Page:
Facebook and the age of digital democracy
The latest Facebook statistics for Hong Kong show that more than 2.9 million active users visited Facebook daily in the second quarter of 2013. Of these users, more than 2.4 million (82.7 percent) used their mobile devices to visit the social network each day. For users who logged onto Facebook at least once a month, the figure is a staggering 4.3 million, with more than 3.5 million visiting via their mobile devices.
These figures mean that 40 percent of Hong Kong’s citizens use Facebook daily and 67 percent of them use it monthly. Most of them use it on mobile devices. That explains all the people staring at their smartphone screens in the MTR.
Discounting the population’s infants and elderly, as well as the inactive accounts, it seems that practically all economically and socially active members of our society have a Facebook account. The majority use the social network site at least once a month, if not daily.
In the past we believe we can only know what the public thinks about an issue if we survey a random sample of adults. The entire polling industry is built on this view, and we hold elections from time to time so as to ascertain openly, fairly and officially, who is going to be office holder of the various public positions. Recently, new research in computer science, sociology and political science shows that data extracted from social media platforms yield accurate measurements of public opinion. A study conducted in the US by Joseph DiGrazia, Karissa McKelvey, Johan Bollen and Fabio Rojas finds that what people say on Twitter or Facebook is a very good indicator of how they will vote.
Considering that our last LegCo election had a turnout of only 1.8 million voters (and that’s the highest in years, if not in the city’s history), the views expressed regularly by 4.3 million Hong Kong residents on Facebook is arguably more representative. Expression on Facebook is not limited to ticks, and therefore can more accurately reflect our society’s diversified opinions. Some call this an emerging form of public decision-making enabled by the new “digital democracy”.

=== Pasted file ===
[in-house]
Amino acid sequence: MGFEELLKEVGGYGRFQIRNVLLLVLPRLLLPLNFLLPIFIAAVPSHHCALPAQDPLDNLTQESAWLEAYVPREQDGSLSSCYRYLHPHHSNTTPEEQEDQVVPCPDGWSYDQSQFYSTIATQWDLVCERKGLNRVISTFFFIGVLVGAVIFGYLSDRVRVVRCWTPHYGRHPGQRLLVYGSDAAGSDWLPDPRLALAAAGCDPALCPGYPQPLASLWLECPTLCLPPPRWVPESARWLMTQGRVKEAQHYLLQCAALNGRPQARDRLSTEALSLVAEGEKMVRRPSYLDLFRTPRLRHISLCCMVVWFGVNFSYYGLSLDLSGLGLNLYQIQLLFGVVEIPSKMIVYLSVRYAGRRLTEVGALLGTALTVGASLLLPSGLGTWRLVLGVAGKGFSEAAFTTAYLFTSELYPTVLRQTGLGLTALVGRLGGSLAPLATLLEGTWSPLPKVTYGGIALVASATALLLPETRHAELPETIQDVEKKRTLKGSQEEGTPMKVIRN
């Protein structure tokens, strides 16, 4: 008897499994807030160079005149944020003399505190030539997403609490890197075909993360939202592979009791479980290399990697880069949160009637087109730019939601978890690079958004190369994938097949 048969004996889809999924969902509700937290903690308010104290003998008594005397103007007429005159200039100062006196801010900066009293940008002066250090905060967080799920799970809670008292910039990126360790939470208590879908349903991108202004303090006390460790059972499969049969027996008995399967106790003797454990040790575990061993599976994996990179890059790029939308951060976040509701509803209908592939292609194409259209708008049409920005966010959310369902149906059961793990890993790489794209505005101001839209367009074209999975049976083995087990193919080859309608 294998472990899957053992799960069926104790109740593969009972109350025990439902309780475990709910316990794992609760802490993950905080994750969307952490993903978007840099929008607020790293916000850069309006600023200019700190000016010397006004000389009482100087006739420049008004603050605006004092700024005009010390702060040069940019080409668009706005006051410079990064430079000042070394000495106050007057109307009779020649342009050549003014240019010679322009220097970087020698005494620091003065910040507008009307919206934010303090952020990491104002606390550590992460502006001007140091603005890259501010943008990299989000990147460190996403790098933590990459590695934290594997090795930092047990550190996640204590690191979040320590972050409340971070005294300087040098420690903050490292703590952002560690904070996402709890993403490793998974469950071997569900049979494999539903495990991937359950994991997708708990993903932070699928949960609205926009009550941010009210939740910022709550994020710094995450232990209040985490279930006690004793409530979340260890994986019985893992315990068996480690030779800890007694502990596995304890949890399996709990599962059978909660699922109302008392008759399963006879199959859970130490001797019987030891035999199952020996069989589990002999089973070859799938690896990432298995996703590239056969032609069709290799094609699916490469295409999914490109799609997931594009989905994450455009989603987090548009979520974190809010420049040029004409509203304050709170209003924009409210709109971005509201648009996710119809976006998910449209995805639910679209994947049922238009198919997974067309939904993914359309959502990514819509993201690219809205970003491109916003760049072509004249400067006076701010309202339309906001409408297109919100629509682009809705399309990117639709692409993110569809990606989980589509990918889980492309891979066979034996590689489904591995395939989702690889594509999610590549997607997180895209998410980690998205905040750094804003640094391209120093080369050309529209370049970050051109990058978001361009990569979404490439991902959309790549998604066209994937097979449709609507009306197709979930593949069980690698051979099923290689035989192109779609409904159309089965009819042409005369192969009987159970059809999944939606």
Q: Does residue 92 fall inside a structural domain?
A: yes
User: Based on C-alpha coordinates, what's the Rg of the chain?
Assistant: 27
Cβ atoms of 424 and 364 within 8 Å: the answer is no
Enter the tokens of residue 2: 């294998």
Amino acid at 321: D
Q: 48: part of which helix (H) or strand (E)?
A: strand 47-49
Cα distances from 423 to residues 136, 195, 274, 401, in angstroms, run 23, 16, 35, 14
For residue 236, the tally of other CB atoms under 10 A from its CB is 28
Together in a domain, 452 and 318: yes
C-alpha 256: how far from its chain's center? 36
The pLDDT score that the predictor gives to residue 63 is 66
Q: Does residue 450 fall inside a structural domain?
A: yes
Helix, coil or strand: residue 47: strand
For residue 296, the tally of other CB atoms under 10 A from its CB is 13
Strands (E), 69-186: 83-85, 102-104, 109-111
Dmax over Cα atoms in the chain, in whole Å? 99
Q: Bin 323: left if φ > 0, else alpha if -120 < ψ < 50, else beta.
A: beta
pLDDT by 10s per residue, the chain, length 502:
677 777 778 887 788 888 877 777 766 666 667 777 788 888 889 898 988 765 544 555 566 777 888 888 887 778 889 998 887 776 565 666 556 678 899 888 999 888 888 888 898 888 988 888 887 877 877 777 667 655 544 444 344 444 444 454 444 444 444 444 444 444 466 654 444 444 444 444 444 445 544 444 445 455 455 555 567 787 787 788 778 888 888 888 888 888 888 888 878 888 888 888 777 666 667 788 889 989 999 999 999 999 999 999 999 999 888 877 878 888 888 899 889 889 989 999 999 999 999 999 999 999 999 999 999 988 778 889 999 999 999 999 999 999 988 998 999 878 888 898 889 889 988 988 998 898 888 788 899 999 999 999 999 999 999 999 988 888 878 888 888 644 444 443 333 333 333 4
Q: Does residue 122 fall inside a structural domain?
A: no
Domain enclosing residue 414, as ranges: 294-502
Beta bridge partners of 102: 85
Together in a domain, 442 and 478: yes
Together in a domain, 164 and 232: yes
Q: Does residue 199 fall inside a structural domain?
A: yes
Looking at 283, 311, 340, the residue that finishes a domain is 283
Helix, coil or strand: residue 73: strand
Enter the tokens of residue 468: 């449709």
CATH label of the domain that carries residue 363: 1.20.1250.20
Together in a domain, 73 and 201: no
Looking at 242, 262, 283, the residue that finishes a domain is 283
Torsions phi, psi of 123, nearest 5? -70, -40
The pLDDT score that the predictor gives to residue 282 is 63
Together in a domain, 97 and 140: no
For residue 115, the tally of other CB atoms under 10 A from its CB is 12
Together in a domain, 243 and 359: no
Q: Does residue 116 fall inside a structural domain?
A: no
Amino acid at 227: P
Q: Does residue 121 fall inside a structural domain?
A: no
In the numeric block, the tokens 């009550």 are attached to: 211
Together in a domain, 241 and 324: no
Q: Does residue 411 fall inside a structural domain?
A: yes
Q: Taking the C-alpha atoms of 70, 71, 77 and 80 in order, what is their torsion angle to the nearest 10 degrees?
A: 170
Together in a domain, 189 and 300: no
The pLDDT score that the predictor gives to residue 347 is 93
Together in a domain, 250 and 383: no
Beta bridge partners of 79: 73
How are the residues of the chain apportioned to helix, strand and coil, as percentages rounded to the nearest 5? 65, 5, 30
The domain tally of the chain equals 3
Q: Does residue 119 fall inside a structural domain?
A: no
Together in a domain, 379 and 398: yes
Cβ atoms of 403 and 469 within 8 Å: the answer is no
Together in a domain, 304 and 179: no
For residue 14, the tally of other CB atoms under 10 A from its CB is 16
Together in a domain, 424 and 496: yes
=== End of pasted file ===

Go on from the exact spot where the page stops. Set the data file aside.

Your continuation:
An analysis of the unstructured data expressed in the social network site will find that, contrary to what is portrayed in media, most of us are talking about things like cute cats, not politics. An ongoing monitoring mechanism will be able to ring a bell if someday people indeed stop talking about cats and turn to politics.
The US study also finds that it doesn’t depend on exactly what people say or who says it. Total discussion count alone, regardless of content, can accurately estimate each candidate’s share of votes. This suggests if people must talk about a candidate, even in negative ways, it is a signal that he or she is on the verge of victory. The attention given to winners creates a situation in which all publicity is good publicity. Given this insight, Alpais Lam Wai-sze may actually have a high chance winning an election if it is held in the near future.
This brings us back to the fact that, as this column has previously discussed, social media also has a darker side. Lurking behind users’ ability to generate and disseminate content at a low cost is the subtle influence of other forces. While we would like to associate the “social” with empowerment and a paradise free of business and other interests, it is not.
Consider how certain videos go viral. The majority of them are not accidents, instead it is down to corporations or influential groups and individuals pushing it out and making it popular. Corporations made the trend reach a certain level of popularity and then individuals just followed what was popular without figuring out who or what drove the trend in the first place. The more popular something is, the more likely we are going to get involved, either by creating our own version, sharing it or interacting with it.
We don’t pay Facebook for our accounts; others are supplying the funds so paychecks to its employees can be made. How these sponsors are going to influence our public decision-making process via the social network site remains to be seen.